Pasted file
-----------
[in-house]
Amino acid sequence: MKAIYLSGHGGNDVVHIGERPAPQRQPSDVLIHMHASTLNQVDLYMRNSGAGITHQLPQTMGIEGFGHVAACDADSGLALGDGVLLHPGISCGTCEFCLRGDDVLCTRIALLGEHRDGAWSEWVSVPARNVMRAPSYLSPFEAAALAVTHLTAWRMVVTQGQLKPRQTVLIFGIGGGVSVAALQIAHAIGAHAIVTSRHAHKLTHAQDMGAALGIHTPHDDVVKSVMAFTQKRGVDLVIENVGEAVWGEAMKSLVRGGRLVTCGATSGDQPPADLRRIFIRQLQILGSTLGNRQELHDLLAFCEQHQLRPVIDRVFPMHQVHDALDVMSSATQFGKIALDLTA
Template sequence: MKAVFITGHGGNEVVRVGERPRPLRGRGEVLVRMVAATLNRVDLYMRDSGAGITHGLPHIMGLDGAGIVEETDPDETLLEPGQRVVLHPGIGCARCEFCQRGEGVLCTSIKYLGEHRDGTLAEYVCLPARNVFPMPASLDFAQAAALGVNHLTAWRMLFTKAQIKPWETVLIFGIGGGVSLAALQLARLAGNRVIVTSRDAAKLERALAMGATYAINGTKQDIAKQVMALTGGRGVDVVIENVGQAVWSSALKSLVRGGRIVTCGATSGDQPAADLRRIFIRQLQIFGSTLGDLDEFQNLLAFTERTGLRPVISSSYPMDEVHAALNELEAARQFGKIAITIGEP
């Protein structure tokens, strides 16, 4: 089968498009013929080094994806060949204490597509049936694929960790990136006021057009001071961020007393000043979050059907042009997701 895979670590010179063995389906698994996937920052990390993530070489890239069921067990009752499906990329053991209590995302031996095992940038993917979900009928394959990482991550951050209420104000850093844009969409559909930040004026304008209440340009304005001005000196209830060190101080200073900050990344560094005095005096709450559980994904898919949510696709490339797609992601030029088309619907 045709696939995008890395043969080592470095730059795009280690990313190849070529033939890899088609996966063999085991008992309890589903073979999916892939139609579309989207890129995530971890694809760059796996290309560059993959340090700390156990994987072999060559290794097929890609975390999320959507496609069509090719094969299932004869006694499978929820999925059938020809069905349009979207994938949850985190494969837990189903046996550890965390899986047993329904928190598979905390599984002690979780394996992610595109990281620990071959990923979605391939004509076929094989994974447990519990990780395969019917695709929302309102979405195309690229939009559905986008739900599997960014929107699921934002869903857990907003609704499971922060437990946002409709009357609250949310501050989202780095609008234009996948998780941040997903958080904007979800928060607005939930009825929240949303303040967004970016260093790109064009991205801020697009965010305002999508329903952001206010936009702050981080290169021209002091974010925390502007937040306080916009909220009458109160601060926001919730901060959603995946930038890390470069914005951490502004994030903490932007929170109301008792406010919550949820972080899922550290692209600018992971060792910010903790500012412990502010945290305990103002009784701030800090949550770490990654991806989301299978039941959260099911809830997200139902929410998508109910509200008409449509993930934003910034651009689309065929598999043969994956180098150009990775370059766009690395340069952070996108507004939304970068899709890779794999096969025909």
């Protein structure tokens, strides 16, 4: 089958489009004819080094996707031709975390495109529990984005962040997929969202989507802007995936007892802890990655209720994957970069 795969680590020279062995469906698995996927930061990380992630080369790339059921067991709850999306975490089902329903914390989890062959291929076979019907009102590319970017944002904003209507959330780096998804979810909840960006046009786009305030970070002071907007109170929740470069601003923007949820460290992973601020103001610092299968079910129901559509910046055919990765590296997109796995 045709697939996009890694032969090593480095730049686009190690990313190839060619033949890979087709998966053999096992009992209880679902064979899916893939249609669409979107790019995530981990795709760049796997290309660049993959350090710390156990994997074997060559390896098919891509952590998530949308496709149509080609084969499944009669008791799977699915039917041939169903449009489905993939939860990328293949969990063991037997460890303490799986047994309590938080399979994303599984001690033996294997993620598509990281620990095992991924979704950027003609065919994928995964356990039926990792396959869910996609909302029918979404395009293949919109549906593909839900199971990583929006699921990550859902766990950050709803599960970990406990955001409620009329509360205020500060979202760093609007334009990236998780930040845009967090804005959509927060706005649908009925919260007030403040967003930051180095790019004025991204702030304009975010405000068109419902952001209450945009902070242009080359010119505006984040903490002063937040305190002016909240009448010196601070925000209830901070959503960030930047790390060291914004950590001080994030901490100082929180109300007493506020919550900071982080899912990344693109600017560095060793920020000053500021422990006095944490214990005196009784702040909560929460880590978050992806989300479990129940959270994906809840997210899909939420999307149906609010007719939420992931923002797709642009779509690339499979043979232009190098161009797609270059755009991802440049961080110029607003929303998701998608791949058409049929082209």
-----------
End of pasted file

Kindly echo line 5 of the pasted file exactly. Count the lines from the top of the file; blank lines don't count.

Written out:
């Protein structure tokens, strides 16, 4: 089958489009004819080094996707031709975390495109529990984005962040997929969202989507802007995936007892802890990655209720994957970069 795969680590020279062995469906698995996927930061990380992630080369790339059921067991709850999306975490089902329903914390989890062959291929076979019907009102590319970017944002904003209507959330780096998804979810909840960006046009786009305030970070002071907007109170929740470069601003923007949820460290992973601020103001610092299968079910129901559509910046055919990765590296997109796995 045709697939996009890694032969090593480095730049686009190690990313190839060619033949890979087709998966053999096992009992209880679902064979899916893939249609669409979107790019995530981990795709760049796997290309660049993959350090710390156990994997074997060559390896098919891509952590998530949308496709149509080609084969499944009669008791799977699915039917041939169903449009489905993939939860990328293949969990063991037997460890303490799986047994309590938080399979994303599984001690033996294997993620598509990281620990095992991924979704950027003609065919994928995964356990039926990792396959869910996609909302029918979404395009293949919109549906593909839900199971990583929006699921990550859902766990950050709803599960970990406990955001409620009329509360205020500060979202760093609007334009990236998780930040845009967090804005959509927060706005649908009925919260007030403040967003930051180095790019004025991204702030304009975010405000068109419902952001209450945009902070242009080359010119505006984040903490002063937040305190002016909240009448010196601070925000209830901070959503960030930047790390060291914004950590001080994030901490100082929180109300007493506020919550900071982080899912990344693109600017560095060793920020000053500021422990006095944490214990005196009784702040909560929460880590978050992806989300479990129940959270994906809840997210899909939420999307149906609010007719939420992931923002797709642009779509690339499979043979232009190098161009797609270059755009991802440049961080110029607003929303998701998608791949058409049929082209």